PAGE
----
Times Movie Critic
Like most Republicans, David Bossie thought Michael Moore's 2004 documentary Fahrenheit 9/11 was more betrayal than portrayal of President George W. Bush.
Unlike any other Bush supporter, Bossie did something about it.
As president of Citizens United, leading grass roots conservatives, Bossie produced his own movie supporting Bush. Then he made others — 21 documentaries, so far — advocating other conservative beliefs.
Five are being shown during the Republican National Convention at Citizens United Theater in Liberty Plaza, introduced by celebrity politicians like Newt Gingrich and Rick Santorum.
Citizens United Theater is the RNC's looming presence of political filmmaking, but not its only one.
Troublemaker Fest, endorsed by the Team Party, opened Sunday at Channelside Cinemas, sharing screens with the non-partisan Impact Film Festival. Away from the convention, conservative themes are playing out on screens at Tampa Theatre, the Straz Center, even the Improv comedy club in Ybor City.
Over two election cycles since Fahrenheit 9/11, more filmmakers tilt their cameras to the right. Bossie, 47, credits Moore for spurring conservatives into cinematic action.
"We believe the answer to speech you don't like is more speech, not less," Bossie said Sunday.
"I might disagree with Michael Moore's political persuasion and the style of his filmmaking — I don't think he lets facts get in the way of his story line — but I believe in his right to do it.
"Without free speech we have no other rights."
Admission is free to all Citizens United Theater screenings but must be reserved online at citizensunited.eventbrite.com.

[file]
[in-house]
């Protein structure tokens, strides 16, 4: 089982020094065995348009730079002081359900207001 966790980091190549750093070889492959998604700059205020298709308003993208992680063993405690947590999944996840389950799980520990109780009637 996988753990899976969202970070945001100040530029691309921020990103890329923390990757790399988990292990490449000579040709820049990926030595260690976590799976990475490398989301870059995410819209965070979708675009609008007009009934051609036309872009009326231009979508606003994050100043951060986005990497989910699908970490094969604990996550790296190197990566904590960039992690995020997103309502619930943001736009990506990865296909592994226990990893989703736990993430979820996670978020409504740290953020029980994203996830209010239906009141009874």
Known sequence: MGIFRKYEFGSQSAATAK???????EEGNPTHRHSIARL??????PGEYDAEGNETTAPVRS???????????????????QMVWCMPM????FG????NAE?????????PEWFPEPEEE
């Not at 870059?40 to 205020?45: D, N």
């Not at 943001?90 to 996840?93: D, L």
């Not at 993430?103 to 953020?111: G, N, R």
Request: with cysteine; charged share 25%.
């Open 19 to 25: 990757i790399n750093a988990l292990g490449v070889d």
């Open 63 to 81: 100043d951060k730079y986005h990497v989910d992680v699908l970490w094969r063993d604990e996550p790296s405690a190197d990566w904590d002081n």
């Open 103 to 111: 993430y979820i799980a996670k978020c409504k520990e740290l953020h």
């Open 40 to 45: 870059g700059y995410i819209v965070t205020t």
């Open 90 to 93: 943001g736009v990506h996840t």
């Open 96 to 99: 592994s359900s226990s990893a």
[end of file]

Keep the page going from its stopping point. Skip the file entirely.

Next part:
Today's double feature begins at 1 p.m. with Ronald Reagan: Rendezvous with Destiny, introduced by former House speaker and presidential candidate Newt Gingrich and his wife Callista. At 4 p.m., The Hope and the Change focuses on disenchanted Obama voters.
All tickets are claimed for Wednesday's screening of Our Sacred Honor, introduced by Sen. Rick Santorum. Tickets were available Monday for The Gift of Life (4 p.m.), an antiabortion documentary introduced by its star, former Arkansas Gov. Mike Huckabee.
The screening of Occupy Unmasked washed out Monday by Tropical Storm Isaac is now slated for Thursday at 2 p.m. Bossie couldn't confirm if U.S. Rep. Michele Bachmann will be available to introduce the movie.
Sunday at Channelside Cinemas, the first-ever Troublemaker Fest was launched to sparse attendance. This collection — including 21 screenings of Dinesh D'Souza's 2016: Obama's America — courts the youth vote President Obama carried by a wide margin in 2008.
Monday's planned debate at Troublemaker between Tea Party and Occupy Wall Street representatives was postponed and is expected to be rescheduled. Free screenings and appearances by D'Souza continue through Wednesday, with information available at troublemakerfest.com.
Meanwhile, the nonpartisan Impact Film Festival opened Monday at Channelside Cinemas. Admission is free with RSVPs available at eventfarm.com/impactfilmfestivalRNC.
Impact's slogan is "Where film crosses the aisle," raising awareness of social issues in both parties. Most of the same lineup will be shown at next month's Democratic National Convention in Charlotte. Today's events include an appearance by Oscar winning actor Jeff Bridges, narrator of Hunger Hits Home (12:30 p.m.).
Bossie welcomes all competition for the attention of undecided voters.
"We're aiming for the 5-to-7 million voters in the middle that could make a difference in this election," he said.
Steve Persall can be reached at email@example.com or (727) 893-8365.